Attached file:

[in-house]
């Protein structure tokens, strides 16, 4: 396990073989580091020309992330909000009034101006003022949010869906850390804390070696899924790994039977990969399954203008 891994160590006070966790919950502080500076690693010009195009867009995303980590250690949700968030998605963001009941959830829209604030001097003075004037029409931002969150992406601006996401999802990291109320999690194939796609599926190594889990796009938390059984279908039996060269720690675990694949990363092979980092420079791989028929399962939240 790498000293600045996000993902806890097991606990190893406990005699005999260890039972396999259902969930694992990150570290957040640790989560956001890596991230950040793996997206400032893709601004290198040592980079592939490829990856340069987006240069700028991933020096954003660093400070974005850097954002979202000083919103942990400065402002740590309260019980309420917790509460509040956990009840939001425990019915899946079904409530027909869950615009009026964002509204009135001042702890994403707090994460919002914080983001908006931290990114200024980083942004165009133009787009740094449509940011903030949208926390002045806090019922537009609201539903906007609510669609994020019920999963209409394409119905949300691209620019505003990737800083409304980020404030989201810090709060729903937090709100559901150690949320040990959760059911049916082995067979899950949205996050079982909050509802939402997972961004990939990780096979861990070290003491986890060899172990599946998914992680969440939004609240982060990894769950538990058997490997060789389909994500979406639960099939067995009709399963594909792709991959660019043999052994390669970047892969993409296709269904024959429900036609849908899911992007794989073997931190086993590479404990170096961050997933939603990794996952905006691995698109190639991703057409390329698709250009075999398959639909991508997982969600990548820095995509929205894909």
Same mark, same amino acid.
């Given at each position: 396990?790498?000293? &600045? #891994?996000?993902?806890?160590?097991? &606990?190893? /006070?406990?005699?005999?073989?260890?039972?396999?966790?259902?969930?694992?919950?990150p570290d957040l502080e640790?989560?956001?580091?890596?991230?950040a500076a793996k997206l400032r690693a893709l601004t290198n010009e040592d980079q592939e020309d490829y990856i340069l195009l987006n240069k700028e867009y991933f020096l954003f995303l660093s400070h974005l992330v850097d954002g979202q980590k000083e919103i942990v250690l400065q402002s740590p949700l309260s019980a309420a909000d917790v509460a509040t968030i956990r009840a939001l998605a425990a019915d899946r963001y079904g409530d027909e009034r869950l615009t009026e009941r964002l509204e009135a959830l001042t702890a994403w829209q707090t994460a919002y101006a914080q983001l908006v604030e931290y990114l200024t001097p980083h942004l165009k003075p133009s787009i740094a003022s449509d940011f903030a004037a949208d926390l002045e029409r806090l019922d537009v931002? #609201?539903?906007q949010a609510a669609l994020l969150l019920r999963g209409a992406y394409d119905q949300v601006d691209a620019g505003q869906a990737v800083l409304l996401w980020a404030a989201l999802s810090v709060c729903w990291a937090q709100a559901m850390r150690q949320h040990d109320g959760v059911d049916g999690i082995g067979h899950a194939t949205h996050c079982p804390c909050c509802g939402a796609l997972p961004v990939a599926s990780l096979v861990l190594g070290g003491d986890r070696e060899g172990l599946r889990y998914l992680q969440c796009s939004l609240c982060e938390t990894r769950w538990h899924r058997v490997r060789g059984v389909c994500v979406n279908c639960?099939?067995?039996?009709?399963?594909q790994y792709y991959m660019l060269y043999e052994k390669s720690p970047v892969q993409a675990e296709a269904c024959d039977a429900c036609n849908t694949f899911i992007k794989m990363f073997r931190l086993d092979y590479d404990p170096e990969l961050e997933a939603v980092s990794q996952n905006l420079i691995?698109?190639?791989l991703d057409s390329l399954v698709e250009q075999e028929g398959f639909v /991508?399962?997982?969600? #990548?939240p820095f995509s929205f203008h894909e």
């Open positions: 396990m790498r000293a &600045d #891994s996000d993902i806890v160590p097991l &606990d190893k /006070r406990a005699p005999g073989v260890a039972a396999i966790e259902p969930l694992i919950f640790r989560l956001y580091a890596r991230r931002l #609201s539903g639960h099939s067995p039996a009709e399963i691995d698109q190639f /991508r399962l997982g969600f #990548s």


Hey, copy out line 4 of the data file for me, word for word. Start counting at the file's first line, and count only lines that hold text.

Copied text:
């Given at each position: 396990?790498?000293? &600045? #891994?996000?993902?806890?160590?097991? &606990?190893? /006070?406990?005699?005999?073989?260890?039972?396999?966790?259902?969930?694992?919950?990150p570290d957040l502080e640790?989560?956001?580091?890596?991230?950040a500076a793996k997206l400032r690693a893709l601004t290198n010009e040592d980079q592939e020309d490829y990856i340069l195009l987006n240069k700028e867009y991933f020096l954003f995303l660093s400070h974005l992330v850097d954002g979202q980590k000083e919103i942990v250690l400065q402002s740590p949700l309260s019980a309420a909000d917790v509460a509040t968030i956990r009840a939001l998605a425990a019915d899946r963001y079904g409530d027909e009034r869950l615009t009026e009941r964002l509204e009135a959830l001042t702890a994403w829209q707090t994460a919002y101006a914080q983001l908006v604030e931290y990114l200024t001097p980083h942004l165009k003075p133009s787009i740094a003022s449509d940011f903030a004037a949208d926390l002045e029409r806090l019922d537009v931002? #609201?539903?906007q949010a609510a669609l994020l969150l019920r999963g209409a992406y394409d119905q949300v601006d691209a620019g505003q869906a990737v800083l409304l996401w980020a404030a989201l999802s810090v709060c729903w990291a937090q709100a559901m850390r150690q949320h040990d109320g959760v059911d049916g999690i082995g067979h899950a194939t949205h996050c079982p804390c909050c509802g939402a796609l997972p961004v990939a599926s990780l096979v861990l190594g070290g003491d986890r070696e060899g172990l599946r889990y998914l992680q969440c796009s939004l609240c982060e938390t990894r769950w538990h899924r058997v490997r060789g059984v389909c994500v979406n279908c639960?099939?067995?039996?009709?399963?594909q790994y792709y991959m660019l060269y043999e052994k390669s720690p970047v892969q993409a675990e296709a269904c024959d039977a429900c036609n849908t694949f899911i992007k794989m990363f073997r931190l086993d092979y590479d404990p170096e990969l961050e997933a939603v980092s990794q996952n905006l420079i691995?698109?190639?791989l991703d057409s390329l399954v698709e250009q075999e028929g398959f639909v /991508?399962?997982?969600? #990548?939240p820095f995509s929205f203008h894909e």